Sparta, Ky. — Matt Kenseth claimed his Sprint Cup Series- leading fourth win of the season after taking a gamble on his final pit stop in Sunday’s rain-delayed Quaker State 400 at Kentucky Speedway.
The 400-mile event at this 1.5-mile racetrack was scheduled for Saturday night but persistent rain forced postponement until the following afternoon.
During the last round of stops under caution with 24 laps to go, Kenseth and his crew chief, Jason Ratcliff, decided to take fuel only while the other frontrunners made two-tire stops. Kenseth came out of the pits first.
Jimmie Johnson put on a dominating performance during the race by leading 182 of 267 laps. Johnson exited the pits in second, but after the restart, the five-time series champion got loose and spun around in front of Joey Logano in turn 2.
Kenseth held off challenges from Clint Bowyer and Jamie McMurray on the final restart with 17 laps left. He crossed the finish line 0.7 seconds ahead of McMurray.
“I didn’t think there was any way that we were going to hold on for that win,” said Kenseth, who claimed his 28th career victory in the series. “Jason did a great job, and he made the right call at the right time.”
Kenseth, the 2003 Cup champion, is in his first season as driver of the No. 20 Toyota for Joe Gibbs Racing. The last time he won four or more races in a season occurred in 2006. Kenseth scored a personal best five victories in 2002.
“It’s been incredible,” he said. “We’ve had some moments that have tested us this season already. It’s great to have the four wins. Hopefully, we can keep it rolling. It’s been a lot of fun.”
McMurray’s second-place run was his best finish since October 2010 when he won at Charlotte.
“It was a good day,” McMurray said. “I got a little unlucky on the last restart with the bottom line checking up, and then the car was just about as good as it had been all day on the last run.”
Bowyer finished third, while Logano took the fourth spot. Kyle Busch overcame an early-race spin to complete the top-five. Johnson ended up finishing ninth. He increased his points lead to 38 over Carl Edwards, who placed 21st.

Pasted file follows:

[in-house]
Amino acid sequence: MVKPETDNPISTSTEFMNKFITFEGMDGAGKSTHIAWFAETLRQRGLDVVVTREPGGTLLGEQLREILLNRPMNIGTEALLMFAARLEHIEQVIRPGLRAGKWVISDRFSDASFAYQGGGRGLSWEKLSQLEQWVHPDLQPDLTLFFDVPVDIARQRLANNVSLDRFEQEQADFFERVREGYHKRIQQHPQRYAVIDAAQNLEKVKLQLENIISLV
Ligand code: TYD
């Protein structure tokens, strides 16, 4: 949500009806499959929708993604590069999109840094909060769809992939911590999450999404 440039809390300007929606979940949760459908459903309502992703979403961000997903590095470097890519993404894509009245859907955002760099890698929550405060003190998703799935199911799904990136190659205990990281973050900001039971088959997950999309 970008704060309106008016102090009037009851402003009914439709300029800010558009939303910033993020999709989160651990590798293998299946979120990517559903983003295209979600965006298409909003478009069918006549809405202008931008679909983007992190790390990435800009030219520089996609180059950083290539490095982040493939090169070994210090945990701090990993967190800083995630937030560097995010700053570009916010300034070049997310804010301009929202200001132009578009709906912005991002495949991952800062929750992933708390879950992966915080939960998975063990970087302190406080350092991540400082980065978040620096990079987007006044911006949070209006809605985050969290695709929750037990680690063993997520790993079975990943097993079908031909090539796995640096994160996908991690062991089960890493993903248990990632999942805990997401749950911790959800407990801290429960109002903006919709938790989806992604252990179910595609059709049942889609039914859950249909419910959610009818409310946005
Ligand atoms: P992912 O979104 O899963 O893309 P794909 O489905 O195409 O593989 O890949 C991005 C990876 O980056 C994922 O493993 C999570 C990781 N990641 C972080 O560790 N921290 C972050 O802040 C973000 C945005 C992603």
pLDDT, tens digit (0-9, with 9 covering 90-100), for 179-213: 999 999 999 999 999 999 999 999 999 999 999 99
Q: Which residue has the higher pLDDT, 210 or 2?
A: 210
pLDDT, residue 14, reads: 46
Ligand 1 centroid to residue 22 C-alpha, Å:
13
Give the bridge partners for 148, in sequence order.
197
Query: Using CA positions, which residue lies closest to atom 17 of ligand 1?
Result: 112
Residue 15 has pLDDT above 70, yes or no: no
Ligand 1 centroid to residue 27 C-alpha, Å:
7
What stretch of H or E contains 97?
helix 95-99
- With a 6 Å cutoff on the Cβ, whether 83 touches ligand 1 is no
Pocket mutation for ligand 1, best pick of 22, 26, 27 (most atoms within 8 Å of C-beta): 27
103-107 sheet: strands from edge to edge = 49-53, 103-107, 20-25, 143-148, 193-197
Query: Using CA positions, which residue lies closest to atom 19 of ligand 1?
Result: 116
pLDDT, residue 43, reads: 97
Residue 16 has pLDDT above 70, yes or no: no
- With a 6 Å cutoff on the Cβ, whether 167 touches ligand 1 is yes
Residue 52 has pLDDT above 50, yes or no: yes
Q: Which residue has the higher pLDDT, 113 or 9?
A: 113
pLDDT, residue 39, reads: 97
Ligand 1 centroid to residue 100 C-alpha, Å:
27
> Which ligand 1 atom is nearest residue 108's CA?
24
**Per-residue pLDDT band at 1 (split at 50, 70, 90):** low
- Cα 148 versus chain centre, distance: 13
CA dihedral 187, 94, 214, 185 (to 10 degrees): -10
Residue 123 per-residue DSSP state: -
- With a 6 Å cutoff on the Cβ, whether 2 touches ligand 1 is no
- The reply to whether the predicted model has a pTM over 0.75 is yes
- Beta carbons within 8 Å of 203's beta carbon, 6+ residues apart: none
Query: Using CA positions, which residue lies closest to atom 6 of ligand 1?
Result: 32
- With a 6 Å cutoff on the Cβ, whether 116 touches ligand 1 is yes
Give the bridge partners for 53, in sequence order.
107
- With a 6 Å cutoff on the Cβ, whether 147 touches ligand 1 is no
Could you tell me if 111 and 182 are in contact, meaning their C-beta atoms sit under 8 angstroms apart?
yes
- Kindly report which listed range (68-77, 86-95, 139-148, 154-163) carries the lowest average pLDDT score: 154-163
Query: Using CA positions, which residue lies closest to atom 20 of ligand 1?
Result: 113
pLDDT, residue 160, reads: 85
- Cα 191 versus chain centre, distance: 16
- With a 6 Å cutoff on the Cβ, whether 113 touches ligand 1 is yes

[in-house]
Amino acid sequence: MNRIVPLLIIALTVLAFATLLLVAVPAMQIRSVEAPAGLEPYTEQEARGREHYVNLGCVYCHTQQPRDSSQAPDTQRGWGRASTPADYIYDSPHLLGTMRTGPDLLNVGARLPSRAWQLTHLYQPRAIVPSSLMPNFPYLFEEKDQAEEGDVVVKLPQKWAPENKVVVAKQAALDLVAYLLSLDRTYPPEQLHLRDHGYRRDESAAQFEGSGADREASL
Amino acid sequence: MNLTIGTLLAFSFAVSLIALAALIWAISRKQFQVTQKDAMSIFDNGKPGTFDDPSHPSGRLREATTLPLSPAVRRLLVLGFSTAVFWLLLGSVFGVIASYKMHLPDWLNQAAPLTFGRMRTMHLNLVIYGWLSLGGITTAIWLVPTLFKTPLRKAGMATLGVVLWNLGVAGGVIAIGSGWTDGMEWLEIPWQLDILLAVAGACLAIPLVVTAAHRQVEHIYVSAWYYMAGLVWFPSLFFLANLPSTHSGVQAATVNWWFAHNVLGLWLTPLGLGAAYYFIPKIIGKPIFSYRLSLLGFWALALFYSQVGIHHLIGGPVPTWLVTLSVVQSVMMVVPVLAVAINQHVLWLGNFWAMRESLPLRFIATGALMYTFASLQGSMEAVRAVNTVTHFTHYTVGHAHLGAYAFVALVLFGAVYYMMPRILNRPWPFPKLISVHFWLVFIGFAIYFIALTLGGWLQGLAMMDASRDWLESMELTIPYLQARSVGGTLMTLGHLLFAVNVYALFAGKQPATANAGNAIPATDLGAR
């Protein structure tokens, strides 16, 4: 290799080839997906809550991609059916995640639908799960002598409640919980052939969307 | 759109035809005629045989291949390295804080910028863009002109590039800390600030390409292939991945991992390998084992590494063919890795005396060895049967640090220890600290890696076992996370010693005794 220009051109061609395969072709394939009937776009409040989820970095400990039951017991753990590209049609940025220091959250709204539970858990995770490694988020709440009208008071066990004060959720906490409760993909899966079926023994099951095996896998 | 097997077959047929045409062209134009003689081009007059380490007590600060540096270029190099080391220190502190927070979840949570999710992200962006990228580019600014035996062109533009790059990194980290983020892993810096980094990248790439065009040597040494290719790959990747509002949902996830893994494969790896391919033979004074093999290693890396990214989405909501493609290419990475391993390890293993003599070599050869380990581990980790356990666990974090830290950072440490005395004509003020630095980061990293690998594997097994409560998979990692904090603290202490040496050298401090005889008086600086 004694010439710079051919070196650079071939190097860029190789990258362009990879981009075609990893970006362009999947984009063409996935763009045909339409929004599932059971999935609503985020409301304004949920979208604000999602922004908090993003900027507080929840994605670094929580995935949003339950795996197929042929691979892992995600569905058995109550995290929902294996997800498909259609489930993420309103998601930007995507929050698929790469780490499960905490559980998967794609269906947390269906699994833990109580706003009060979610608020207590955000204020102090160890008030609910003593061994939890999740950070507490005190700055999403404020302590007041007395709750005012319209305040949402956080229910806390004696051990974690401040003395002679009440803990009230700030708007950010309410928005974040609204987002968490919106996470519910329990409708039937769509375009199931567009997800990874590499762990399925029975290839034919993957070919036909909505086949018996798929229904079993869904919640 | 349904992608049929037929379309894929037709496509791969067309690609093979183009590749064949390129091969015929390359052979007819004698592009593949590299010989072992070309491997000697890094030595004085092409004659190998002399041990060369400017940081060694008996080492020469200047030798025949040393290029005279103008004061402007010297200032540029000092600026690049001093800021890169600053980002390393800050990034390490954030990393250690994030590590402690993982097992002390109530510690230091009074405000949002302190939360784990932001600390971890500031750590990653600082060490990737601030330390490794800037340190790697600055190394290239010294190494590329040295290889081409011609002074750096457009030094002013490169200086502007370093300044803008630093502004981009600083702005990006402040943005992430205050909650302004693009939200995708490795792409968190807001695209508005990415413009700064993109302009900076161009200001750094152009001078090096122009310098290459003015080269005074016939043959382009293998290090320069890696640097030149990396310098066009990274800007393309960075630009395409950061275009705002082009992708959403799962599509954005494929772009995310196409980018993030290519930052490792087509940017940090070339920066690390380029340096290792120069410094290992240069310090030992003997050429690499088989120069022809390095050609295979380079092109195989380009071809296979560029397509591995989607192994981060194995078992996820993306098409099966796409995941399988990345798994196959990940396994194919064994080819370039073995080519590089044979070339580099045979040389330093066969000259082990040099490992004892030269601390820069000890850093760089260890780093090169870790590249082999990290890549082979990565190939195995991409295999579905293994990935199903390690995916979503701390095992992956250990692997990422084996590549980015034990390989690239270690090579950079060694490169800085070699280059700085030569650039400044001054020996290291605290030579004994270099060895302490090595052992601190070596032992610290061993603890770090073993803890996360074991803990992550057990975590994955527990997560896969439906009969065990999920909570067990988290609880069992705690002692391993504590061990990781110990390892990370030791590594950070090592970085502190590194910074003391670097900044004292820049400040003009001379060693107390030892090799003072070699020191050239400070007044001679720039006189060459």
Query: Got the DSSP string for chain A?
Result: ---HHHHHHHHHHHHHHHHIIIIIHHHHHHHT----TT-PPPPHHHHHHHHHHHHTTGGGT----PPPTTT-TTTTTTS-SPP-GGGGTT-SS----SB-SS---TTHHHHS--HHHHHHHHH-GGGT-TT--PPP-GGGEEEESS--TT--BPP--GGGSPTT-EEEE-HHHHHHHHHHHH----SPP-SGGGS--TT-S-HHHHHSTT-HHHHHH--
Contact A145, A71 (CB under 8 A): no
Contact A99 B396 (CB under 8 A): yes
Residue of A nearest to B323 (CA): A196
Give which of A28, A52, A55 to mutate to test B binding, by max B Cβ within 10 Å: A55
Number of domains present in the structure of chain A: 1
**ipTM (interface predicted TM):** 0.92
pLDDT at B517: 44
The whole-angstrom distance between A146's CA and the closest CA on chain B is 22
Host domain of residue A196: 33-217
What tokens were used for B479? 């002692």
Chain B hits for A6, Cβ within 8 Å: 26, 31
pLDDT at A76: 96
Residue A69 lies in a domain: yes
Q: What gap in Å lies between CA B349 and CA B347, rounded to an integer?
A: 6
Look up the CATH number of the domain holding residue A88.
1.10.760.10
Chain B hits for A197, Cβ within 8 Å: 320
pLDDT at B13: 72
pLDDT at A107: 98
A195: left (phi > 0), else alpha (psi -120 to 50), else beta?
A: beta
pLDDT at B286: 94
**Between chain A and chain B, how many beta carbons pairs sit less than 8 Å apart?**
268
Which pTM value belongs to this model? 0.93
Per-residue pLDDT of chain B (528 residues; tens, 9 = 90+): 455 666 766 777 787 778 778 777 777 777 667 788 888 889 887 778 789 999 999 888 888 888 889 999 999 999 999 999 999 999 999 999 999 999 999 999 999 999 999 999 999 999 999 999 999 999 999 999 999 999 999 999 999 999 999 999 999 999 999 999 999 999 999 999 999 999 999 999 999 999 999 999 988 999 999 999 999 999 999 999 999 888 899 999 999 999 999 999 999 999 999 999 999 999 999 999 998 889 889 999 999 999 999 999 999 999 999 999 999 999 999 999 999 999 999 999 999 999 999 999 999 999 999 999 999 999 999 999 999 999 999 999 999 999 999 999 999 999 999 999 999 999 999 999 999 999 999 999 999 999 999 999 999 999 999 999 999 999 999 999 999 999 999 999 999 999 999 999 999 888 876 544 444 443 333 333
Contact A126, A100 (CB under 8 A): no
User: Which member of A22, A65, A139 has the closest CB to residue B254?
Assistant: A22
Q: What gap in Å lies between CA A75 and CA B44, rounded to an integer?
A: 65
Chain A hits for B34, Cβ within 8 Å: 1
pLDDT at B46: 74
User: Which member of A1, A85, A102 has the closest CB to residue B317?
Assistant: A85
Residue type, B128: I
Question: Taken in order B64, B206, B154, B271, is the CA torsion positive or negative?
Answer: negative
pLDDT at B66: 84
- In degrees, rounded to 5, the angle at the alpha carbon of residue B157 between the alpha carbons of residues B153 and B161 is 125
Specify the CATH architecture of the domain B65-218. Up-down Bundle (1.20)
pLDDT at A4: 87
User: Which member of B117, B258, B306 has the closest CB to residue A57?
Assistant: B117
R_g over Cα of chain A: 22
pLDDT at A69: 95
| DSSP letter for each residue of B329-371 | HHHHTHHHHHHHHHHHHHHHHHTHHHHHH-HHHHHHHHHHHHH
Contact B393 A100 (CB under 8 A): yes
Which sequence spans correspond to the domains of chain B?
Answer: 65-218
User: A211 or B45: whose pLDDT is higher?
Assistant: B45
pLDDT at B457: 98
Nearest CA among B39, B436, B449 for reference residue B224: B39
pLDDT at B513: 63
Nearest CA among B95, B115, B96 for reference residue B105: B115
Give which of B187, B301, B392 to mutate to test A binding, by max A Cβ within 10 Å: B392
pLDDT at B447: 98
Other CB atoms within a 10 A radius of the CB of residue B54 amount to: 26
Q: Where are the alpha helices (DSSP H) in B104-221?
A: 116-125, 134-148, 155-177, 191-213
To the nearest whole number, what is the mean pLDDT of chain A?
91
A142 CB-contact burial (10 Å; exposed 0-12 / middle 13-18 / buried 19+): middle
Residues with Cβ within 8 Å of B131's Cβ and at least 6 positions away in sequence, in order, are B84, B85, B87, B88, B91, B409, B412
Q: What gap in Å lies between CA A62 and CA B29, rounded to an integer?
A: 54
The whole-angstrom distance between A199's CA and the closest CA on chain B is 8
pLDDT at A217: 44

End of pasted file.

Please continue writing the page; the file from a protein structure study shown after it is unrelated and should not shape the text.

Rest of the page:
British Grand Prix
Silverstone, England — Nico Rosberg from Mercedes won Sunday’s British Grand Prix after avoiding tire issues that had plagued several drivers and then capitalizing on Sebastian Vettel’s gearbox problem late in the race.
Four drivers, including Rosberg’s teammate, Lewis Hamilton, and Felipe Massa from Ferrari, suffered left-rear tire failure during the 52-lap race at Silverstone Circuit. Hamilton started on the pole and led the way before his tire blew on lap 8. Massa’s incident occurred two laps later. McLaren’s Sergio Perez and Jean-Eric Vergne from Toro Rosso experienced the same problem as well later in the event.
Vettel, the three-time defending Formula One champion and current points leader, took over the top spot when Hamilton had his mishap. The Red Bull driver appeared to be on the way to his fourth win of the season, but his gearbox failed with 11 laps to go, which put him out of the race. Rosberg grabbed the lead and then held off Vettel’s teammate, Mark Webber, at the finish by 0.7 seconds.
Rosberg scored his second win of the season and the third of his F1 career. He won the May 26 Monaco Grand Prix. The German also has claimed the pole in three grand prix this season. He started second in this event.